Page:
Historical Markers
Corning and Blossburg Railroad Historical Marker
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Corning and Blossburg Railroad

Allegheny National Forest Region


Marker Location:
S. Main St. (Business US 15), Mansfield

Dedication Date:
June 6, 1983

Behind the Marker

Tioga County's pioneer railroad was one of many Pennsylvania railroads whose fortunes rose and fell with the coal industry. But Tioga's existence offered a twist. Although its mainstay was coal, the company began and ended because of water. Too little navigable water prompted its construction; too much water caused its demise.

In the early 1820s, local industrialists knew they had plenty of timber and semi-bituminous coal to sell to outside markets, but they lacked the means to move them. Canal fever was running high throughout New York and Pennsylvania, and in 1826, the Pennsylvania Legislature authorized the Tioga Navigation Company to make the Tioga River navigable. The goal was to funnel coal northward to connect with the Chemung Canal at Corning, New York, and from there to buyers in Syracuse, New York. But the initial flotilla of coal-heavy barges reportedly sank, thus ending the venture. In 1828, the company amended its charter to allow it to build a railroad along the same route.

Image of Erie Railroad
Image of Erie Railroad
The amendment was valid only in Pennsylvania, so the twenty-five-mile-long line could run only from Blossburg to Lawrenceville on the New York state line. To continue on to Corning, investors started a separate corporation under a New York charter for the Corning and Blossburg Railroad, which covered the 15.6 miles from Lawrenceville to Corning. Opened in 1839-40, the two lines together totaled 40.6 miles.
Unlike earlier railroads, Tioga began with locomotives rather than horse or mule power. Its first steam engine was the Tioga, built in 1839 by Philadelphia's markerBaldwin Locomotive Works. In 1851, the company formally changed its name to Tioga Railroad and again revised its charter. In 1852-53, the company built a four-mile branch to Morris Run to tap additional coal mines there.

The New York segment, known as the Corning and Blossburg, did not thrive and was sold in 1854. Reorganized as the Blossburg and Corning Railroad - in those days, names were simply transposed to signify reorganization - the railroad was taken over by The Fall Brook Coal Company, which ran coal trains from its mines near Tioga up to Corning. Fall Brook eventually leased more than 165 miles of other lines, extending southward through the Pennsylvania Grand Canyon to markerWilliamsport in Lycoming County.

Throughout the nineteenth century, coal and railroads were mutually dependent, growing hand-in-hand as the mineral fueled the Industrial Revolution. In the 1860s, the mines near Blossburg produced about 2,000 tons of coal a day. By the 1880s, 700,000 to 900,000 tons of coal and coke passed through Blossburg each year. The Tioga line also handled milled lumber and glass products produced by the factories at Blossburg and nearby Covington.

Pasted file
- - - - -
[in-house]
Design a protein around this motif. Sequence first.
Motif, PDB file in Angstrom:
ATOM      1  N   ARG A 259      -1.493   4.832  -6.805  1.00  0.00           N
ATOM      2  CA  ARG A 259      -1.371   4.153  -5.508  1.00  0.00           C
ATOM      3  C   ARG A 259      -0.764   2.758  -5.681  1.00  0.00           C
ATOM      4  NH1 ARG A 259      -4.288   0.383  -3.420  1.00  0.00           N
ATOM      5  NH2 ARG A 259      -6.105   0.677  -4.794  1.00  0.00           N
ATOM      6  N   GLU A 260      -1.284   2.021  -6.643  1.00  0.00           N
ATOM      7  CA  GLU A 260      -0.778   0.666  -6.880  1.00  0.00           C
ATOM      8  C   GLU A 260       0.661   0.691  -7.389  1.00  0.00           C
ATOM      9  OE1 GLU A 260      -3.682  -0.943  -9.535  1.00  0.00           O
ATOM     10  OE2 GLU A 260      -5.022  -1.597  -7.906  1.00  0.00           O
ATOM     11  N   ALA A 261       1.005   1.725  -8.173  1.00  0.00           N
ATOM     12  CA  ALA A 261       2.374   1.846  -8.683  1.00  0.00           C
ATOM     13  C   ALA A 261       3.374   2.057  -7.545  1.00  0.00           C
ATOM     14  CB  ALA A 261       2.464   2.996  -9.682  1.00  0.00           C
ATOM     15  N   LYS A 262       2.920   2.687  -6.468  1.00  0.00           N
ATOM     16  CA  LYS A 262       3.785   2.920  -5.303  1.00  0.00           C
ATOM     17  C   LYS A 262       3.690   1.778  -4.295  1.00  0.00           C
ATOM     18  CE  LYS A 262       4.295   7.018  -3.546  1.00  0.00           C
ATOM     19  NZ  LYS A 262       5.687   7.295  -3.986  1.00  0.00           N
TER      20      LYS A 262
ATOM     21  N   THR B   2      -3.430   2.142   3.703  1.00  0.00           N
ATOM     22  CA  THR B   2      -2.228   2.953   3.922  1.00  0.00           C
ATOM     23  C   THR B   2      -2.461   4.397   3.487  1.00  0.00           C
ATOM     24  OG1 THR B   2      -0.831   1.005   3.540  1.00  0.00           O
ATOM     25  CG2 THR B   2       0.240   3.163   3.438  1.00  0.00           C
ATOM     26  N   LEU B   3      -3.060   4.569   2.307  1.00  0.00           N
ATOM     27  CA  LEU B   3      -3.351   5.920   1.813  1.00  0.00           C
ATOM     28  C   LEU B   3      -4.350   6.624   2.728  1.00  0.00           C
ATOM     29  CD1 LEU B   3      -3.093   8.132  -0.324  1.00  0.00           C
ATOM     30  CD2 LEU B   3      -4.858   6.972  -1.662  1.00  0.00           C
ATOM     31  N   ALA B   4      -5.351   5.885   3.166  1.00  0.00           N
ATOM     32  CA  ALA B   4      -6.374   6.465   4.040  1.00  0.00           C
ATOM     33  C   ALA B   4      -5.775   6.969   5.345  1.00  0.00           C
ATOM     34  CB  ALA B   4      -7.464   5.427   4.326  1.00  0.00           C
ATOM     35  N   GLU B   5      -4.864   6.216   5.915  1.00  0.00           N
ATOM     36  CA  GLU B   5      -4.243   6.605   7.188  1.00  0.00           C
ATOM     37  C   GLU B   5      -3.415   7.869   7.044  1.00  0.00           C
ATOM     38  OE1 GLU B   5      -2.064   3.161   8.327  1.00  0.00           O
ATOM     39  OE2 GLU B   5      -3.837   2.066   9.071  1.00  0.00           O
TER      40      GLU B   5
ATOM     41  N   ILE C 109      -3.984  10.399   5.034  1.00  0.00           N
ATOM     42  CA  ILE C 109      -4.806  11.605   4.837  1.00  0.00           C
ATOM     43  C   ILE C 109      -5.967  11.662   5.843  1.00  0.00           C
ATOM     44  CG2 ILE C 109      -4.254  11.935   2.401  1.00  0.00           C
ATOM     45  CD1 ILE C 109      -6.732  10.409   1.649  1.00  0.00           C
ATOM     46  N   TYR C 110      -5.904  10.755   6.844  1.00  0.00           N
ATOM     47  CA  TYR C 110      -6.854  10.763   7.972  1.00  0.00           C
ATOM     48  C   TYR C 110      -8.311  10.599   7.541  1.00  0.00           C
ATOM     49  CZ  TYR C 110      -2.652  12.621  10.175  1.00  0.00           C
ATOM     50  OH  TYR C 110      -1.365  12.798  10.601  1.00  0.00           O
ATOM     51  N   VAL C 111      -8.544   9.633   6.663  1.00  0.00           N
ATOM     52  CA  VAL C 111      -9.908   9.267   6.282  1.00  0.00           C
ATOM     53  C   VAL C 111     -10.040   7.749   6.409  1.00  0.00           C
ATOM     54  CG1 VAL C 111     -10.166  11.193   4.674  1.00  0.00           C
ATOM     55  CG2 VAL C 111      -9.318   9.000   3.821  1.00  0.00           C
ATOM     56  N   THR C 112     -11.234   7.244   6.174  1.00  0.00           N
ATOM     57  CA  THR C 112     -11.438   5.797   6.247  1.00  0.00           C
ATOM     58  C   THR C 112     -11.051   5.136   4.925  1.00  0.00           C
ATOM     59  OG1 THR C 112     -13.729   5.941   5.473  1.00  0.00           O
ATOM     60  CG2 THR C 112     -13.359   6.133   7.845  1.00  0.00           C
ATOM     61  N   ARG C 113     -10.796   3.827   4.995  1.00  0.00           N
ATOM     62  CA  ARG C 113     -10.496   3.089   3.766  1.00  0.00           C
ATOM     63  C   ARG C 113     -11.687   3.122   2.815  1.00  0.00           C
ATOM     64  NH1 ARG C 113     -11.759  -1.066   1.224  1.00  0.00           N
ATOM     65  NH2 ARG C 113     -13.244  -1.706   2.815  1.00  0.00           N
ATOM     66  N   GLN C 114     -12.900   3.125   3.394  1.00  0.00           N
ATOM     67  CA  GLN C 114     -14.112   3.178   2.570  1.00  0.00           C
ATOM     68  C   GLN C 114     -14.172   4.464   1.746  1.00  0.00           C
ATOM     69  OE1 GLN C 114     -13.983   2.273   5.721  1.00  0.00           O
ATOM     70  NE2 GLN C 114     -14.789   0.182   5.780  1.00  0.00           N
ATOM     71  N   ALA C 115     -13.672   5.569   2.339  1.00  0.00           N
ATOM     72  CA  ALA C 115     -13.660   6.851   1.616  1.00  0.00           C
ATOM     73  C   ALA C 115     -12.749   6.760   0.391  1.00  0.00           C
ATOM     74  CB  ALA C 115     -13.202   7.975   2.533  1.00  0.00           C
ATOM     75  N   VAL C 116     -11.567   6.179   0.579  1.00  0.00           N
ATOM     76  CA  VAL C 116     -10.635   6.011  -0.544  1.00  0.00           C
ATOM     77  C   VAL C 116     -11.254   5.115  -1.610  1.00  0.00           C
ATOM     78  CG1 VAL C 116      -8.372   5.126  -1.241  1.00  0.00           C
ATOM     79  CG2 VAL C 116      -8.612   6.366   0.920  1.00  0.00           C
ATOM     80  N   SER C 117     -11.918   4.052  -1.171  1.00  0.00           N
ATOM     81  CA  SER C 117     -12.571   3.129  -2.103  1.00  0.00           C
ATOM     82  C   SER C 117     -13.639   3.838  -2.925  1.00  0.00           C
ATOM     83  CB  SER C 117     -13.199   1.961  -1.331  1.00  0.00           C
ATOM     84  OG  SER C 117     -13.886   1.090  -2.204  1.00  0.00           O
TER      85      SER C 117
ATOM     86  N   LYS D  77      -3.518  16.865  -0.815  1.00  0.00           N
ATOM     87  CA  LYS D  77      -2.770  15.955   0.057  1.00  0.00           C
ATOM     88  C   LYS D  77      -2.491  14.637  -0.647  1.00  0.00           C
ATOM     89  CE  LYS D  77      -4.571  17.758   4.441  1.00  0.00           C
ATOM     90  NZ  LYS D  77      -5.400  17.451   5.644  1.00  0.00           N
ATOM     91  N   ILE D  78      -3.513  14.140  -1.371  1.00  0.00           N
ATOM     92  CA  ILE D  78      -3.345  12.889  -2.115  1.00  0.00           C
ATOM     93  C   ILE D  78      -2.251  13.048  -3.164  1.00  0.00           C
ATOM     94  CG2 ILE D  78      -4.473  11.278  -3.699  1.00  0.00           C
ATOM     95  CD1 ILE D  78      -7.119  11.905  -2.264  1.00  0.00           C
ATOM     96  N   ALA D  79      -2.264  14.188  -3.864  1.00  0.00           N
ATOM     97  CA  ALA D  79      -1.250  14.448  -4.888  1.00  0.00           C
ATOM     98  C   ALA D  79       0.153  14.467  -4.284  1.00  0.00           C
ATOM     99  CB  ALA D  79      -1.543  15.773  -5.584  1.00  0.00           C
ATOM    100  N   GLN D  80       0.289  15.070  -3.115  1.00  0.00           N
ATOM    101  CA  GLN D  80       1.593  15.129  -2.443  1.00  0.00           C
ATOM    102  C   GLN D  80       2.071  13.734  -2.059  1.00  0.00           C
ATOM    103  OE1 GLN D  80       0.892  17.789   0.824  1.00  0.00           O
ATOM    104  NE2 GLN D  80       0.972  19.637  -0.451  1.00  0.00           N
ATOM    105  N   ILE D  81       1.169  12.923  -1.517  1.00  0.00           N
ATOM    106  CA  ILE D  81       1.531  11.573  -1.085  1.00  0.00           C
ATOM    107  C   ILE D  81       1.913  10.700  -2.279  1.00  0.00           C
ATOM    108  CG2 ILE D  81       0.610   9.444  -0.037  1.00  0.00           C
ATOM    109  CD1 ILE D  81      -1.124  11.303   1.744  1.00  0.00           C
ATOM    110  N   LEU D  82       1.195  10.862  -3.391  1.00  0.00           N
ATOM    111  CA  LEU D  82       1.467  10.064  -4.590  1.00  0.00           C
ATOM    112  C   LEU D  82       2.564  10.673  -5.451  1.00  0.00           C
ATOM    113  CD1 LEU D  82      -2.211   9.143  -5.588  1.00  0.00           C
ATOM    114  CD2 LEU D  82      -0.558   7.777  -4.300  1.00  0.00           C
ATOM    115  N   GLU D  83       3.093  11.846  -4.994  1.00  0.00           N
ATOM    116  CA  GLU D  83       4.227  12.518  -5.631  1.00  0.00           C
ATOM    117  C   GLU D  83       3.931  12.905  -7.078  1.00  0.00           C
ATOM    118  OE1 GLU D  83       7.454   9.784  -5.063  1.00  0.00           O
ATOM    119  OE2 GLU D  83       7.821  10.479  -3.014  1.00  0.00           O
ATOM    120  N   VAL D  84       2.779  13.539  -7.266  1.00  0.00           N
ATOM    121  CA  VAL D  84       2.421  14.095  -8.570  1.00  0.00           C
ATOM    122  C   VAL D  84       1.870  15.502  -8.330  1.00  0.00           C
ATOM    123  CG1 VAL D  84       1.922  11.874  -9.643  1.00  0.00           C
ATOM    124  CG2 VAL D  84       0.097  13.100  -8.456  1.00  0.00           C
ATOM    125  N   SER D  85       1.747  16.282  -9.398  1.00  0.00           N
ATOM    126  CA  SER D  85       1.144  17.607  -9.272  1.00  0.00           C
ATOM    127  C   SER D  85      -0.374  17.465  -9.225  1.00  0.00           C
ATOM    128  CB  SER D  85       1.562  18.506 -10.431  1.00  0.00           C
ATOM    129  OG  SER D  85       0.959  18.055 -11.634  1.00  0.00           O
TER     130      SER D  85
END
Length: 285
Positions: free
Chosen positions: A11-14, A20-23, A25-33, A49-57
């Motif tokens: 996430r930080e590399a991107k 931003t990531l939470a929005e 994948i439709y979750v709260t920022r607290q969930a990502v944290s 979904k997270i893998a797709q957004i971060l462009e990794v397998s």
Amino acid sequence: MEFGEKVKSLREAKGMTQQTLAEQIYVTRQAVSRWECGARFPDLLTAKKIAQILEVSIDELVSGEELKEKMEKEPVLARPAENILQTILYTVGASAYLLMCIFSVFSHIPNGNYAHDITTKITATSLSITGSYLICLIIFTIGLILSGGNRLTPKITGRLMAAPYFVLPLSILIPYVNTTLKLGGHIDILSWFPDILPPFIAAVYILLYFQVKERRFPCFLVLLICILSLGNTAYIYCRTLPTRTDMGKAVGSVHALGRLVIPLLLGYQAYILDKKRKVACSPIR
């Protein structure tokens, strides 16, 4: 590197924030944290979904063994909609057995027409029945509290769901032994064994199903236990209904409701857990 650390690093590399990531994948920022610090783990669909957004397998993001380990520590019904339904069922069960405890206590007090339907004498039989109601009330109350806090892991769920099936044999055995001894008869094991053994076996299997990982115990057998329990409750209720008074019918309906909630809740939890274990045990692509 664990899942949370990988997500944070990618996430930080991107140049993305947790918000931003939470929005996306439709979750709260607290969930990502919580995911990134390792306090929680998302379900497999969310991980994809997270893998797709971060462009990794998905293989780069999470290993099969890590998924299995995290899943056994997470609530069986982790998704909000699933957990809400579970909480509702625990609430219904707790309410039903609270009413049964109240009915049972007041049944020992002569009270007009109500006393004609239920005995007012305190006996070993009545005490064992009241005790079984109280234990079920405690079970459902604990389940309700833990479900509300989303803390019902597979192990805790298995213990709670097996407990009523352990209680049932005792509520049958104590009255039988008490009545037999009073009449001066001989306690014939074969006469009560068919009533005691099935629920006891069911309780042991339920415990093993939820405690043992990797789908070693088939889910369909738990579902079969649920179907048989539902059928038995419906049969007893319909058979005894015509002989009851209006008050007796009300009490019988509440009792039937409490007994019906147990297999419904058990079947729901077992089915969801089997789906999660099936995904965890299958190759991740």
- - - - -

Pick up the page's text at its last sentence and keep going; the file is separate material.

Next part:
When investors opened new coal mines and timberlands southwest of Blossburg, the company built another fifteen miles of line to Hoytsville. On the other end, the company extended twenty-four miles north to Elmira, New York, so that it was no longer reliant on the B and C and Corning for a northern outlet. When this new line opened in October, 1876, a seven-car inaugural special traveled the entire route. Along the way, crowds cheered at every station as officials stopped to give speeches, drink toasts, inspect mines, and listen to a cornet band.

Map showing original line and extensions.
Map showing original line and extensions of the Tioga Railroad, and the Blossburg...
The Tioga Railroad also hauled passengers - excursionists traveling to the Great Mansfield Fair, and students headed to and from Mansfield state teachers' college. Tioga County residents could ride north to Elmira and connect with trains for New York or Chicago. But the driving force for the line's construction and extension was always the shipment of goods. The roundhouse and car shops at its Blossburg headquarters employed between 260 and 300 machinists, boilermakers, carpenters, and other workers who maintained its seventeen to twenty-two engines and one thousand cars.

In 1882, the Tioga Railroad was taken over by New York, Lake Erie and Western (another name for the Erie Railroad). It was a natural fit - the prosperity of the line had always been dependent upon coal shipments, and the Erie hauled plenty of coal from other mines elsewhere in Pennsylvania. The Erie simply renamed the line its Tioga Division. When the mines started to play out in the early 1900s, the volume of traffic declined. Though enough business remained to keep the trains running, the Blossburg shops were closed and work was consolidated at other Erie shops. In 1960, the company merged with the Delaware, Lackawanna and Western Railroad to become Erie Lackawanna (EL), the first of the Eastern railroad mergers.

In June 1972, floods caused by Tropical Storm Agnes washed out key portions of EL's New York-Chicago main line, and forced the line into bankruptcy. The swollen Tioga River also washed out the surviving remnant of the branch into Blossburg, the onetime Tioga Railroad. With no money for repairs and no hope for a return to the coal-boom years, EL abandoned and dismantled the line. Today, the Wellsboro and Corning Railroad, a freight short line, operates on the tracks of the former Corning and Blossburg Railroad, from Corning to Lawrenceville, and then on to Wellsboro, Pa. The Tioga Central Railroad offers passenger excursions over the same tracks.
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